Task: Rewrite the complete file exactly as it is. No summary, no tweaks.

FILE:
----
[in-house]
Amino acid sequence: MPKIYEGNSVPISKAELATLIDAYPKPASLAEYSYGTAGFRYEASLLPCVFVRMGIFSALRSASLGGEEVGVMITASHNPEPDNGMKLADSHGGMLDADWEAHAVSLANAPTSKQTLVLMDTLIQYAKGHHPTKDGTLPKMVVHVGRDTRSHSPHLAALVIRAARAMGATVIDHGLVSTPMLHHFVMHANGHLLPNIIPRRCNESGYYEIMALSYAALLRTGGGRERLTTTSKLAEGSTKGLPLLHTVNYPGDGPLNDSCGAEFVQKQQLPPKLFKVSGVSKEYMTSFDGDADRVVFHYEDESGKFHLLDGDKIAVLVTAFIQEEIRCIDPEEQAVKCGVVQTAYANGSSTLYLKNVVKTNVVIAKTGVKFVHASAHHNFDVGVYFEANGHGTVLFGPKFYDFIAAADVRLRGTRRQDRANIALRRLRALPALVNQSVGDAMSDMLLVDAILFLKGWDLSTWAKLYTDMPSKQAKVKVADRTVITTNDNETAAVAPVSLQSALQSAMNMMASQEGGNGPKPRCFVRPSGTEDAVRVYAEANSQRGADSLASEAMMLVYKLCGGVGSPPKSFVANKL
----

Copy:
[in-house]
Amino acid sequence: MPKIYEGNSVPISKAELATLIDAYPKPASLAEYSYGTAGFRYEASLLPCVFVRMGIFSALRSASLGGEEVGVMITASHNPEPDNGMKLADSHGGMLDADWEAHAVSLANAPTSKQTLVLMDTLIQYAKGHHPTKDGTLPKMVVHVGRDTRSHSPHLAALVIRAARAMGATVIDHGLVSTPMLHHFVMHANGHLLPNIIPRRCNESGYYEIMALSYAALLRTGGGRERLTTTSKLAEGSTKGLPLLHTVNYPGDGPLNDSCGAEFVQKQQLPPKLFKVSGVSKEYMTSFDGDADRVVFHYEDESGKFHLLDGDKIAVLVTAFIQEEIRCIDPEEQAVKCGVVQTAYANGSSTLYLKNVVKTNVVIAKTGVKFVHASAHHNFDVGVYFEANGHGTVLFGPKFYDFIAAADVRLRGTRRQDRANIALRRLRALPALVNQSVGDAMSDMLLVDAILFLKGWDLSTWAKLYTDMPSKQAKVKVADRTVITTNDNETAAVAPVSLQSALQSAMNMMASQEGGNGPKPRCFVRPSGTEDAVRVYAEANSQRGADSLASEAMMLVYKLCGGVGSPPKSFVANKL